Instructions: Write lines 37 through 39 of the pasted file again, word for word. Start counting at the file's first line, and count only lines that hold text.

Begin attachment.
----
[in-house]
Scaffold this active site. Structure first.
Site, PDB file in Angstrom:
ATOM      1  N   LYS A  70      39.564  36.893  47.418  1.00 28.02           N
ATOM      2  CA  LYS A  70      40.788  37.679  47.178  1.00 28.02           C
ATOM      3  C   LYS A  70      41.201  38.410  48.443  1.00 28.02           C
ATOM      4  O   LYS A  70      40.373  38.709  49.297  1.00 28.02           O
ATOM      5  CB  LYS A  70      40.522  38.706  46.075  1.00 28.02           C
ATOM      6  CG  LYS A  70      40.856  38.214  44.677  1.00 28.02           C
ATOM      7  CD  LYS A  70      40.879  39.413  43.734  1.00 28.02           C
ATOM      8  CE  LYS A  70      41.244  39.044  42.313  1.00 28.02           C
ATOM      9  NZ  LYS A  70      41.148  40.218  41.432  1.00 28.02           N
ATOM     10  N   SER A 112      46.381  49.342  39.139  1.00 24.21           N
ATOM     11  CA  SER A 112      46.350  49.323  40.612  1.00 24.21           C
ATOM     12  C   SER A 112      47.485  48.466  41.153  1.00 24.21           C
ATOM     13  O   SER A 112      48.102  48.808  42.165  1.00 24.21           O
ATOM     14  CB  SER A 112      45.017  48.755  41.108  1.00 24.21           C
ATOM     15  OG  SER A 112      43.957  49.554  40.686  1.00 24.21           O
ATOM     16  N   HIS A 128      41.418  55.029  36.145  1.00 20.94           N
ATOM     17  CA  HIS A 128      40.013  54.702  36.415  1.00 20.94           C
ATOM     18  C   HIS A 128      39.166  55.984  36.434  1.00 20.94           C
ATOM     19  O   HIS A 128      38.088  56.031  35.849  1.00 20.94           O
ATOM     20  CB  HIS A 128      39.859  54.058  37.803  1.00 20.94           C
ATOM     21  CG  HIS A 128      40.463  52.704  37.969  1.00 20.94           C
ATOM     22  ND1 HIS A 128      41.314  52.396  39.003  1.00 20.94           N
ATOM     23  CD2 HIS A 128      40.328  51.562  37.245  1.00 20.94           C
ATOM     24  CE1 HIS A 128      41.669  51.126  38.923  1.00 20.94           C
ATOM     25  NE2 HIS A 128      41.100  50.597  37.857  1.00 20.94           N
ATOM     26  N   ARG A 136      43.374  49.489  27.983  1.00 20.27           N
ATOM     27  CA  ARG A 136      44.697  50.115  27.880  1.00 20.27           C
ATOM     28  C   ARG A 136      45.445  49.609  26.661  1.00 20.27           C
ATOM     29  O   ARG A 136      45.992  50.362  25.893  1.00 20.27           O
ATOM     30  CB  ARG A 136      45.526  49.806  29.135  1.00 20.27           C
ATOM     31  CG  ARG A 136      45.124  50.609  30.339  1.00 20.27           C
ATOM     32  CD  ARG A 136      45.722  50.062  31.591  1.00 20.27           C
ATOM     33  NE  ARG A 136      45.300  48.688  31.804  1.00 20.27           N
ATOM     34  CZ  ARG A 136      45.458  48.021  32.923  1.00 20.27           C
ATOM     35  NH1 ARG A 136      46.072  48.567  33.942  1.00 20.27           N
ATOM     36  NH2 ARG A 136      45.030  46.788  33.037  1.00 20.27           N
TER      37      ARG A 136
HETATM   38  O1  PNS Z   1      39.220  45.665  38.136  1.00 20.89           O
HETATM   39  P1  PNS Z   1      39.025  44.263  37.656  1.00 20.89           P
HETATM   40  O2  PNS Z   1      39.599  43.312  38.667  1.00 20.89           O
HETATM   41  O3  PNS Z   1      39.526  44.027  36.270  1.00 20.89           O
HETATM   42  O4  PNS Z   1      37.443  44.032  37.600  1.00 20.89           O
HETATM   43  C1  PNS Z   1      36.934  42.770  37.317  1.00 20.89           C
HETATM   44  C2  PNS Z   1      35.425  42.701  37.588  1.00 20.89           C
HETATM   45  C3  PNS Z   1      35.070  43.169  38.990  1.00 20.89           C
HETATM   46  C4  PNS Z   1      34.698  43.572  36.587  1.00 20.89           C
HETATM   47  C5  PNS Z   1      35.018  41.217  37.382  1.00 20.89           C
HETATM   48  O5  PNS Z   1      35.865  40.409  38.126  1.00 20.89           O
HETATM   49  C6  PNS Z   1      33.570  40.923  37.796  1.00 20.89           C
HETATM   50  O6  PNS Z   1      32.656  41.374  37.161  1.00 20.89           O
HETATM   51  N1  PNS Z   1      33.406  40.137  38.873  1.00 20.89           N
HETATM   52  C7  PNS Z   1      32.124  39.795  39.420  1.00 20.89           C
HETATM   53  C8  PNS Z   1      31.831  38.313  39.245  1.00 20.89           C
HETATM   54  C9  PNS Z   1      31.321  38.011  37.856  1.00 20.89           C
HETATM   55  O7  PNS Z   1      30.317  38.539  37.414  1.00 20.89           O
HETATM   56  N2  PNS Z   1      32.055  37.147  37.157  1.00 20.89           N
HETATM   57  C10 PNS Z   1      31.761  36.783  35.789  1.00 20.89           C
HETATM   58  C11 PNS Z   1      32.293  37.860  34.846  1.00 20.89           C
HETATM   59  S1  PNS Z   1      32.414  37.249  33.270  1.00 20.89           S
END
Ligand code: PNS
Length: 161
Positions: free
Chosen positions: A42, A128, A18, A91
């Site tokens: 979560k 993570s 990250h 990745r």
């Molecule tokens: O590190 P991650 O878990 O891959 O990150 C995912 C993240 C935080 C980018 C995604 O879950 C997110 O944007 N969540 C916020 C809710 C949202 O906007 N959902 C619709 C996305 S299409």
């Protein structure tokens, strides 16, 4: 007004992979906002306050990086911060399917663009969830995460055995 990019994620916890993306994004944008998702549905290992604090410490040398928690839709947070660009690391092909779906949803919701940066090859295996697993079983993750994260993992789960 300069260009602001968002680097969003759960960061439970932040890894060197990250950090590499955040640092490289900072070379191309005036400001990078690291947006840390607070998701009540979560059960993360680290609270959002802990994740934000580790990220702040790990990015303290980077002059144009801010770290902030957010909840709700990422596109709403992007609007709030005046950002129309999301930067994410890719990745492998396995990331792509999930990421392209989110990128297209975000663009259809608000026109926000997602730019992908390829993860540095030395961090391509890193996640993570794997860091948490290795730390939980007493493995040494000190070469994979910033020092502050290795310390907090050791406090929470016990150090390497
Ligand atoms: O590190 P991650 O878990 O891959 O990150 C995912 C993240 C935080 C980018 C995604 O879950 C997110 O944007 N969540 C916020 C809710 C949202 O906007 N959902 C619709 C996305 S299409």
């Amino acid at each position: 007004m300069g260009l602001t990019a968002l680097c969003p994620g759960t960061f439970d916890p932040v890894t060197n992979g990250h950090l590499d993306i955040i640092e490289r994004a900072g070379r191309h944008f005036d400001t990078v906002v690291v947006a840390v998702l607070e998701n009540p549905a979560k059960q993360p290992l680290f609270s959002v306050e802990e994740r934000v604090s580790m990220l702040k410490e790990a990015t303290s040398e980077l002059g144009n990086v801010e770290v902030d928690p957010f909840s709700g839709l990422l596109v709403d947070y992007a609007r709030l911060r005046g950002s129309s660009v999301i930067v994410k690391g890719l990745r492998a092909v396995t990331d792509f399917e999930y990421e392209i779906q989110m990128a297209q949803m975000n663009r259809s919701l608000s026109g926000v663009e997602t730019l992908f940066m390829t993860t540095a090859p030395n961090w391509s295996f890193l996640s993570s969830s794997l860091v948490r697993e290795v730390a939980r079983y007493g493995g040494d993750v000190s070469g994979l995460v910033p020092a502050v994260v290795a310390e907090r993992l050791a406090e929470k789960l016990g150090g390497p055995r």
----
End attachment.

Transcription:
ATOM     34  CZ  ARG A 136      45.458  48.021  32.923  1.00 20.27           C
ATOM     35  NH1 ARG A 136      46.072  48.567  33.942  1.00 20.27           N
ATOM     36  NH2 ARG A 136      45.030  46.788  33.037  1.00 20.27           N